On-screen, the boys were being chased on their bikes — a friendly alien stowed in a handlebar basket — when men in suits blocked their path. Seconds away from disaster, the boys’ bicycles lifted into the air. They flew. The music swelled.

That swell was no prerecorded soundtrack: Musicians of the Minnesota Orchestra blew horns, bowed strings and crashed cymbals, creating live the score for “E.T. the Extra-Terrestrial” as the classic 1982 film played above them at Orchestra Hall in Minneapolis.

Like other symphony orchestras across the country, the Minnesota Orchestra is banking on the growing popularity of such concerts, which attract big crowds and introduce classical music to new audiences. This season, the orchestra is performing live soundtracks to five films — a record number — ranging from classics such as “It’s a Wonderful Life” to popular flicks such as this weekend’s “Harry Potter and the Sorcerer’s Stone.”

Between Beethoven and Mahler, they’re making room for John Williams.

“It’s still great music,” said Grant Meachum, director of the Live at Orchestra Hall concert series. “It’s just a totally different kind of great music.”

It’s a trend powered partly by production companies making more popular films available to orchestras — customizing them for this kind of experience: All dialogue and other sounds remain. The latest and perhaps highest-profile film to get the orchestral treatment is the first “Harry Potter” film, which the Philadelphia Orchestra premiered in June.

The film will soon make its way to hundreds of cities around the world, said Justin Freer, founder of CineConcerts, which has partnered with Warner Bros. to sell the eight-movie “Harry Potter” package to orchestras.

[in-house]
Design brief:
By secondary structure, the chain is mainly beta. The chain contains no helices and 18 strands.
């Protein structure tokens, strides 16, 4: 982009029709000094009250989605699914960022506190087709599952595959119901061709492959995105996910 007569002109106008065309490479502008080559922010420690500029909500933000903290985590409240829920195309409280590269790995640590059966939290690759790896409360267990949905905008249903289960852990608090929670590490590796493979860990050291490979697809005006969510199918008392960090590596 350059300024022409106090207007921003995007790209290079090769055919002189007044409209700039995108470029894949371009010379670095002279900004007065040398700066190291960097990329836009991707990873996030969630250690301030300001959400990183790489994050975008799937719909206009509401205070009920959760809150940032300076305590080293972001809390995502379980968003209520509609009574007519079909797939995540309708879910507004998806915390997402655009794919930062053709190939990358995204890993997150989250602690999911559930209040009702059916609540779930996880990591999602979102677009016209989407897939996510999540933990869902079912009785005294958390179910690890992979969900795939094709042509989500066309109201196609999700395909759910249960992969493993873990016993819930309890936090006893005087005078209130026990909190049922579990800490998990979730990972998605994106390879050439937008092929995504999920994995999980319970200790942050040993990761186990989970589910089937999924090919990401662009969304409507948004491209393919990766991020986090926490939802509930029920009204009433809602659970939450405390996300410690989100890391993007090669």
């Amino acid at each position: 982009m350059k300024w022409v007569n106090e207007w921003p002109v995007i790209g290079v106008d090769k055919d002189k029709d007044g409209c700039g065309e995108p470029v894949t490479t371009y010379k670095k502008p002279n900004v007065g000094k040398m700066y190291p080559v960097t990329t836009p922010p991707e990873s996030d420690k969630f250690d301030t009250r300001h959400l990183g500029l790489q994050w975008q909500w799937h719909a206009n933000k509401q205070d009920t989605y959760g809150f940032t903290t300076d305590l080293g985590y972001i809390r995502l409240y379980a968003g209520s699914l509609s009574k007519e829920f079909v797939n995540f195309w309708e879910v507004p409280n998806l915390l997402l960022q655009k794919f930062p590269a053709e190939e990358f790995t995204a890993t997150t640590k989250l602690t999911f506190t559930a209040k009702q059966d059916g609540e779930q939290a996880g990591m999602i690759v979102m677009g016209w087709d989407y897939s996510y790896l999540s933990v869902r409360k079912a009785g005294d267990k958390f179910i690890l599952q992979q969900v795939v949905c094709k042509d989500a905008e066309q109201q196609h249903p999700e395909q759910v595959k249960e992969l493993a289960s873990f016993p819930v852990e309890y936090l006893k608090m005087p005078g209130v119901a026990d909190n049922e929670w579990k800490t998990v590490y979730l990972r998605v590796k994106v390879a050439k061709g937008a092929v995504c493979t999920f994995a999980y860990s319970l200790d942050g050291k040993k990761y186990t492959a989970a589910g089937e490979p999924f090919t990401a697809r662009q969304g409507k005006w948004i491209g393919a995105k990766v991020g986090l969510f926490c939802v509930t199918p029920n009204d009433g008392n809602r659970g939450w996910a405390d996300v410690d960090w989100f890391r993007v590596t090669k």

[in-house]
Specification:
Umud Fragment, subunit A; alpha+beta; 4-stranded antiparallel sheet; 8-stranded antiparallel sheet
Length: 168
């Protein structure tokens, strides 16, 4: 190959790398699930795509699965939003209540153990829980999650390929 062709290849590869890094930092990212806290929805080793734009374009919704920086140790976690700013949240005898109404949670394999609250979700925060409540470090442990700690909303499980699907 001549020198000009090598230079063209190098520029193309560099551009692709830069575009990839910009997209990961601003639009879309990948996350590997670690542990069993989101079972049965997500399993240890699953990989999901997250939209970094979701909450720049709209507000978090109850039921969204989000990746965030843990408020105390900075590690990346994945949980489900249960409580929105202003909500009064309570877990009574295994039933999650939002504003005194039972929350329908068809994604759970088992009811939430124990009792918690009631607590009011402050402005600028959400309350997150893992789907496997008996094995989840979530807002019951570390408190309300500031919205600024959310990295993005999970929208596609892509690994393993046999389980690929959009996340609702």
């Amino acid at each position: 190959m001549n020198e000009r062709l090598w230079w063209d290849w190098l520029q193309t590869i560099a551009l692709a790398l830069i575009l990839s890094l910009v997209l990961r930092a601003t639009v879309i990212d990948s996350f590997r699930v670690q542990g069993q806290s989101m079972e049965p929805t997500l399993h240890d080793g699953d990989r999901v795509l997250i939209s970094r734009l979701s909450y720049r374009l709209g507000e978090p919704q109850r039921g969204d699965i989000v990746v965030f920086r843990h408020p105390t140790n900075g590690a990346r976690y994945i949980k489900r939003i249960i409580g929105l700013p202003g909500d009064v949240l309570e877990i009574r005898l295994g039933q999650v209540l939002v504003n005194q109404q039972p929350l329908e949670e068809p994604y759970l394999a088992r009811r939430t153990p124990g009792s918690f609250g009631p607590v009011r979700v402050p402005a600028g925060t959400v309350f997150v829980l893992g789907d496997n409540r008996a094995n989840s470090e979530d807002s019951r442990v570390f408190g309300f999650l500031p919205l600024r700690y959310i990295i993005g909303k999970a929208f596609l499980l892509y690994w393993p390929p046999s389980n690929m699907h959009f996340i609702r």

The company, which launched with the live orchestra version of “Gladiator,” has “more than doubled the amount of concerts we’ve presented every year for the last four years,” said Freer, who is also a conductor and composer. “Orchestras have realized that these have helped to serve as a bridging of the gap between the audiences that have traditionally been coming to their symphonic halls and the new audiences they’ve been attempting to attract.”

Last season, the Minnesota Orchestra performed just two live scores, for two very different holiday films: “The Nightmare Before Christmas” and “Home Alone.”

On any show within its Live at Orchestra Hall series, which features popular musical fare, the organization hopes to make a profit of at least $10,000, Meachum said. The orchestra’s performance of “The Nightmare Before Christmas” beat that by $30,000, he said. “Home Alone” did well, too.

“Both just obliterated what we thought they could do at the box office,” Meachum said.

So this season became a test: How many film projects could the orchestra perform without audiences losing interest? Meachum expects that “Harry Potter” will have broad appeal. “Ratatouille” enticed families with young kids. “E.T.” attracted families and “Gen Xers with a taste for nostalgia,” he said. With each show, “the question is: What era of nostalgia do we want to hit?”

Beautifully done